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5 Reasons to Use the Cloud

Your neighbour started using it. Your boss is considering it. And you are too. The cloud has decidedly started to generate a lot of questions. When is it the right time to include it in your technological direction? Here are 5 good reasons to start using it.

  1. Focus on the goals of your organization

Technology is crucial to the development of your business and to healthy operations. However, that does not mean burdening you with the maintenance of your infrastructure has any added-value. After all, you need to use the applications, not the machines in the background that make them work! Whether you think deploying a large infrastructure requires too much time, or because you lack the staff to maintain it, whether you can’t justify hiring a dedicated worker to maintain it, or simply because you want to focus you the mission of your organization, these are all very good reasons to consider using the cloud.

The cloud also incorporates resources available as a service (XaaS) and usage-billed. Whether you need a little or a lot, you will be billed for what you actually used. The technologies are available and ready to use, maintained by experts. Your systems are in a shared environment with other users, allowing your service provider to offer a platform with an availability and resilience above what you could otherwise afford if you had to cover its real cost by yourself. You just have to install your software to start using the resources.

  1. Your needs go through cycles

If, like many other organizations, you need extra resources during certain months or periods, the cloud may be a great solution. Your systems need all available resources every first of the month to start a billing process? You must then insure you provide the needed resource on that particular day to support the workload. That means you need to purchase a system that has that capicity. However, what about the other 29 days of the month during which your system runs at 20% capacity? You would be shopping and paying additional cost for a system you can use at full capacity only one day a month, plus the maintenance fees that go along with it!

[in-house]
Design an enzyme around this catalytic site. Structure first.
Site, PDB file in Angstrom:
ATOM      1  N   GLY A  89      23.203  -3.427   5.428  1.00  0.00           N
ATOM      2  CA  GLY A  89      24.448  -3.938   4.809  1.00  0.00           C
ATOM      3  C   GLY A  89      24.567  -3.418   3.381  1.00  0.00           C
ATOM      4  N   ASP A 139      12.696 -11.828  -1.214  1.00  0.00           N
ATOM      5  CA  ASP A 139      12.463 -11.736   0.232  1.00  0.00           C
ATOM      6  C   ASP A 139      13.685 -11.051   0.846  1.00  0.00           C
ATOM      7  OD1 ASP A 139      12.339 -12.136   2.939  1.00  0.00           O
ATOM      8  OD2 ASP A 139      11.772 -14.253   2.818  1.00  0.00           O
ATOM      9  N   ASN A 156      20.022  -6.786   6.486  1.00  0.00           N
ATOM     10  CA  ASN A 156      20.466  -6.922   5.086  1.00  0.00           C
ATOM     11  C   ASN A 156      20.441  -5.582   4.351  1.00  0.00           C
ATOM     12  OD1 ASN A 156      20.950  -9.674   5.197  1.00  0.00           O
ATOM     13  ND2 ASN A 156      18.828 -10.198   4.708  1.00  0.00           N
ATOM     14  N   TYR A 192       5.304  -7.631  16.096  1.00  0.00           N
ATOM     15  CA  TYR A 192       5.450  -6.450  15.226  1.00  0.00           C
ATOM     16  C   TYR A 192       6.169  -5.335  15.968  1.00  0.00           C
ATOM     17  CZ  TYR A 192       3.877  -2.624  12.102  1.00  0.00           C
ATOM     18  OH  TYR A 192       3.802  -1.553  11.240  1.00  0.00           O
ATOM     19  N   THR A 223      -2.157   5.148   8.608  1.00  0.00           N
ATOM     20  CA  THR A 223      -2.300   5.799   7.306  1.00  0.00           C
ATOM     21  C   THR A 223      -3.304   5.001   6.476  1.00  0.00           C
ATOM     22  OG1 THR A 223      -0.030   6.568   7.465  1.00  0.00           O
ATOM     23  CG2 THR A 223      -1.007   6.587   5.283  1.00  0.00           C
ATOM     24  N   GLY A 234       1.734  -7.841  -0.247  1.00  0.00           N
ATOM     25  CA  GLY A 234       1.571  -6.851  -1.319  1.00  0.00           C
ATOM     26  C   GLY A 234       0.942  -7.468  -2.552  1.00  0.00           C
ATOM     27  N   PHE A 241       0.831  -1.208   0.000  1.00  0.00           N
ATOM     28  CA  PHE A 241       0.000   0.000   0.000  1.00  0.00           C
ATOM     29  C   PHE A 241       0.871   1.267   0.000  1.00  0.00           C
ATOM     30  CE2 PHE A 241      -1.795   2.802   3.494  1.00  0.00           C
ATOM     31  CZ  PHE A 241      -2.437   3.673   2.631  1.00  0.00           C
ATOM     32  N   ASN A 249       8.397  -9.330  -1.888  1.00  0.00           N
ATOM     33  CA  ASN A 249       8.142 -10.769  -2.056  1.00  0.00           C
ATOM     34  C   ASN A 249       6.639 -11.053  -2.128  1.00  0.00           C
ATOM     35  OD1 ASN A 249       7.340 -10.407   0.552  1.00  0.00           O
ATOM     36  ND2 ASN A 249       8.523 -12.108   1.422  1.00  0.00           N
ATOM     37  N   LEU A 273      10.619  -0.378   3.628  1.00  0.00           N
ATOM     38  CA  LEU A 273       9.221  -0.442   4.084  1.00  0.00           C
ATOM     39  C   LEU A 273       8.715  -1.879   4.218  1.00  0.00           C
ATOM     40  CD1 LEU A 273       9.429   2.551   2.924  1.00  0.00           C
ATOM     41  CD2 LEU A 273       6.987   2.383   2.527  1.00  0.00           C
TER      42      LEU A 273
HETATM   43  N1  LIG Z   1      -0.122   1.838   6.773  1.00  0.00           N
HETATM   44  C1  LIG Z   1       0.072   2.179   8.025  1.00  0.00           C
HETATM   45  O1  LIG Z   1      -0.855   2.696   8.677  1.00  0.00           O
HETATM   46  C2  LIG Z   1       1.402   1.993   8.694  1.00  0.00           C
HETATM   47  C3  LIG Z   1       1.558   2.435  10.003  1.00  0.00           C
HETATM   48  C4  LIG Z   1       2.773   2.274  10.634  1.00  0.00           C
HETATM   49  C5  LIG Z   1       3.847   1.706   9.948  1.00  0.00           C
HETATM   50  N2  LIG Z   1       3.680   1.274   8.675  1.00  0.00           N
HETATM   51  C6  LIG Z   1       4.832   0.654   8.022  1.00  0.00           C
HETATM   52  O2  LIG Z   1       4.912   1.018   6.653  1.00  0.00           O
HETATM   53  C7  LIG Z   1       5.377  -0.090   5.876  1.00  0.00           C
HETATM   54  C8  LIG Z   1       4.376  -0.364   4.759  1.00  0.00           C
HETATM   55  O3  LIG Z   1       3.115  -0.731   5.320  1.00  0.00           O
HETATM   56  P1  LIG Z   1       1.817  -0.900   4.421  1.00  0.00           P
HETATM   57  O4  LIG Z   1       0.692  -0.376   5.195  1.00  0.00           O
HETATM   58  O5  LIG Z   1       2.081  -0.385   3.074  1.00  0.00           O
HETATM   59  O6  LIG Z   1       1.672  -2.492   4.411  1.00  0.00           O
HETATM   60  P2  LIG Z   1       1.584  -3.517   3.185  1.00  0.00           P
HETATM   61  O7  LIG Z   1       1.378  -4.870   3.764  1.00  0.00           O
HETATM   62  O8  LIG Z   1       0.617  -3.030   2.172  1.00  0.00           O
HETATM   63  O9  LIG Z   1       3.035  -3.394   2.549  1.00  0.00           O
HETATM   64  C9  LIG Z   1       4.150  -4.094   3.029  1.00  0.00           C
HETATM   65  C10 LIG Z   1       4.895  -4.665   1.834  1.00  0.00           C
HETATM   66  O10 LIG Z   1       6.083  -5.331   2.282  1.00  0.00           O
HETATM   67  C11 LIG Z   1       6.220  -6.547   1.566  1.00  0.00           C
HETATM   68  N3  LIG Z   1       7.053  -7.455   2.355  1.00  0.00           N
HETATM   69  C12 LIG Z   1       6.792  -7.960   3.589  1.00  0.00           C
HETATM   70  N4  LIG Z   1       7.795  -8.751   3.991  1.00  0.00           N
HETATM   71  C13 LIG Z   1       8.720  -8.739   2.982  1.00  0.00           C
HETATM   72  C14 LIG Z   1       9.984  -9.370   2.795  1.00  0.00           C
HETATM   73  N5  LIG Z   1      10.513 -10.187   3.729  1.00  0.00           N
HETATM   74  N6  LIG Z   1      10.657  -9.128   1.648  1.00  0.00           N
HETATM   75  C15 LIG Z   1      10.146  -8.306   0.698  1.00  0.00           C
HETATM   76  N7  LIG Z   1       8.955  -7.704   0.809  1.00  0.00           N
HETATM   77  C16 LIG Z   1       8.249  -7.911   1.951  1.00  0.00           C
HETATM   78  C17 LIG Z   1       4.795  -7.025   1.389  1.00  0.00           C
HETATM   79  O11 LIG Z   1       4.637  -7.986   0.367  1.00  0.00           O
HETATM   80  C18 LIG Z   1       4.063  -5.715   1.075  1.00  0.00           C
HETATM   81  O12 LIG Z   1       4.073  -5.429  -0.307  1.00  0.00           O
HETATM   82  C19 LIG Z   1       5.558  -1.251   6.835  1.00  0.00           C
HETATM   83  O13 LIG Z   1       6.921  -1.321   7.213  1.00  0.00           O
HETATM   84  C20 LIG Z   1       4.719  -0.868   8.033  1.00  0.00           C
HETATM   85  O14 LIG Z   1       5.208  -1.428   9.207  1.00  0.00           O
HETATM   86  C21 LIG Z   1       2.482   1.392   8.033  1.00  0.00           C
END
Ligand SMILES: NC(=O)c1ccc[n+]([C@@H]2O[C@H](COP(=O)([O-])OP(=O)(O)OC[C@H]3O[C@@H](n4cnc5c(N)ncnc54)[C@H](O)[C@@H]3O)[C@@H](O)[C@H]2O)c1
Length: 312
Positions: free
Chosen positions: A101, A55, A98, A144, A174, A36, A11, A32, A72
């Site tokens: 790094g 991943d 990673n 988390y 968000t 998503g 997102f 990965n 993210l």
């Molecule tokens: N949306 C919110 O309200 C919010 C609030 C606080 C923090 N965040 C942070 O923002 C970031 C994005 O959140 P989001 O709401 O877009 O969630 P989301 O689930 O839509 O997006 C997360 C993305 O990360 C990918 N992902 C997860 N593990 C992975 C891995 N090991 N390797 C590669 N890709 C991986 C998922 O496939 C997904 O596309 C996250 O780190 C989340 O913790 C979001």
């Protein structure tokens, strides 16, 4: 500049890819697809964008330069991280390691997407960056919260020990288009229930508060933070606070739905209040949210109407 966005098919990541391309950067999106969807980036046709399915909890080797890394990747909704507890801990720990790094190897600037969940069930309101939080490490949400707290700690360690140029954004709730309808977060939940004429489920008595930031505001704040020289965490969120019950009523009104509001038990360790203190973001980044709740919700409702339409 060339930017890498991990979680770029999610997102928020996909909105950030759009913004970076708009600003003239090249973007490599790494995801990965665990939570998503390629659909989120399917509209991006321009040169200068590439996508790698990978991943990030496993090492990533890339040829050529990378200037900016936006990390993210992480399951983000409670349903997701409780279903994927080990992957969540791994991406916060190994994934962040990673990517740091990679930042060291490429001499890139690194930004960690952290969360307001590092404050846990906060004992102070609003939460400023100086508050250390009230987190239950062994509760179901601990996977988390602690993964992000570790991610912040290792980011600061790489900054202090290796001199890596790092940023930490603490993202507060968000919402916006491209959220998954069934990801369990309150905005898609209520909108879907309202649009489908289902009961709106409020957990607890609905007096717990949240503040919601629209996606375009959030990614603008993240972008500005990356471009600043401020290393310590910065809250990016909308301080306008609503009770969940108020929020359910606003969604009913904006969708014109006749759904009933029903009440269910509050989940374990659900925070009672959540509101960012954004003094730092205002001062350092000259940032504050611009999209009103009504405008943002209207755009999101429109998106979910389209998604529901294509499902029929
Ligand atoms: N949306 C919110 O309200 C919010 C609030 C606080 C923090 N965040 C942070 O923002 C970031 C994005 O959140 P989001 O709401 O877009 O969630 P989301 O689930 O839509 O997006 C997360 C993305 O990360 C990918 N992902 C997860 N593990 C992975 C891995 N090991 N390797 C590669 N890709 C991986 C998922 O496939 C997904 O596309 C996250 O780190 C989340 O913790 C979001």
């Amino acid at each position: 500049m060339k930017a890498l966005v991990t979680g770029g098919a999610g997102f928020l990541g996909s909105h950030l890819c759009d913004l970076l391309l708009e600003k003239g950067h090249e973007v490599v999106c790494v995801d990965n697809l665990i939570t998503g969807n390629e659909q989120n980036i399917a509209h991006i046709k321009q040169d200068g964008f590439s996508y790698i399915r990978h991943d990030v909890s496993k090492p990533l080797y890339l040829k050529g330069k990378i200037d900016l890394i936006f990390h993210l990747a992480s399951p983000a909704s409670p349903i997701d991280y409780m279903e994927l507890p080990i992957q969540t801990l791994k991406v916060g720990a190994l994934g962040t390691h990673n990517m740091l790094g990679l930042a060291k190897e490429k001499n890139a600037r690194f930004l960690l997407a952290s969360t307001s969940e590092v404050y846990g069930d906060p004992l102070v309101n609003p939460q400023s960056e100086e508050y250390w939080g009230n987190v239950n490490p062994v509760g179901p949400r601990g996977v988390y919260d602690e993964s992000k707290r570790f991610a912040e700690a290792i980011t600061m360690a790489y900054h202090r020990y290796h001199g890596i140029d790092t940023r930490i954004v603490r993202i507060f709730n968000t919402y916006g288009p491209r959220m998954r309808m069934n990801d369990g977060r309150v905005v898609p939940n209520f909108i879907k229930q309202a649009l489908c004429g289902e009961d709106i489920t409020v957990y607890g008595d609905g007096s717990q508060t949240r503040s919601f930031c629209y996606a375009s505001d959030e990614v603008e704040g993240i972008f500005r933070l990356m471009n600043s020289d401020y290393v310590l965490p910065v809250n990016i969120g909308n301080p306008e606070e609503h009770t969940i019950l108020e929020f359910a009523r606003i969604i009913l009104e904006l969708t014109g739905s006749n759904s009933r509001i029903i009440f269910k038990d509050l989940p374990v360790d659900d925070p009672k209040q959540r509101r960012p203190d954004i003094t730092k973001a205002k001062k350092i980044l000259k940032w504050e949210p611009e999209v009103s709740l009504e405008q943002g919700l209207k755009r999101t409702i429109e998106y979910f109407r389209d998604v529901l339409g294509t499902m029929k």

This is the perfect situation to start using the cloud. You could either adopt a 100% cloud solution and benefit from its full flexibility, or purchase a system that meets your average needs throughout the year and use the cloud to execute your billing system once a month. Both scenarios allow you to pay only for what you actually need.

  1. You want to get rid of tape backups

You follow best practices alright! You backup your data on tape media and test it regularly because, after all, we never know what could happen and that data is vital to your organization. No doubt you also apply the golden 3-2-1 Rule: three copies of your data in two different formats, with one copy kept offsite. If your offsite copy is on a tape medium, chances are you know exactly what we mean. Either you hire a security company to manage and handle the tapes at a premium, or you do it yourself, which means you need to rotate the tapes on a regular basis (yeah, right…).

In either scenario, maintaining an extra copy in the cloud is very interesting. You avoid managing and handling the tapes, having to replace your entire library every three to five years, renewing your (costly) maintenance contract, transferring data from old tapes to newer ones to avoid losing it (which you need to do anyway for X years to meet your industry’s regulations). Furthermore, the extra copies your keep in the cloud can be used to recover from an unexpected disaster.

  1.  You need a Disaster Recovery solution

If your organization has more than one data centre and systems used at less than 50% capacity, deploying a disaster recovery solution should be a relatively easy task. However, if that’s not the case, you need to find where to install the physical infrastructure (because, of course, you meet the highest standards and the offsite data has to be at a certain distance from your data centre). You also need to purchase said infrastructure. Oh, and if it all goes well, you’ll never have to use it!

The cloud is perfect for recovery plans. Most providers bill based on the resources you use: CPU, RAM, and storage. Additional fees are often added, but they’re negligible compared to the resources that represent the core of what you pay for. If you replicate your data or your systems, you will have to pay your provider for the extra storage. But if you don’t use any extra CPU or RAM, then you don’t pay for those. This is why the cloud can help you save money instead of having to purchase a system in colocation.

  1. The software you need is available as a service (SaaS)

Your organization needs new software. If it’s available as a service (SaaS), you should consider this option that implies paying monthly fees instead of an upfront cost to purchase the software. But there’s more to it! Deploying your software on premise means you need the right hardware, qualified staff to maintain it, and maybe even training on update and maintenance of the hardware and software. You also need the time to take care of all that. And enough physical room, cooling, power, and so on. All things considered, SaaS is often the better option.

So what are your reasons to opt for the cloud?

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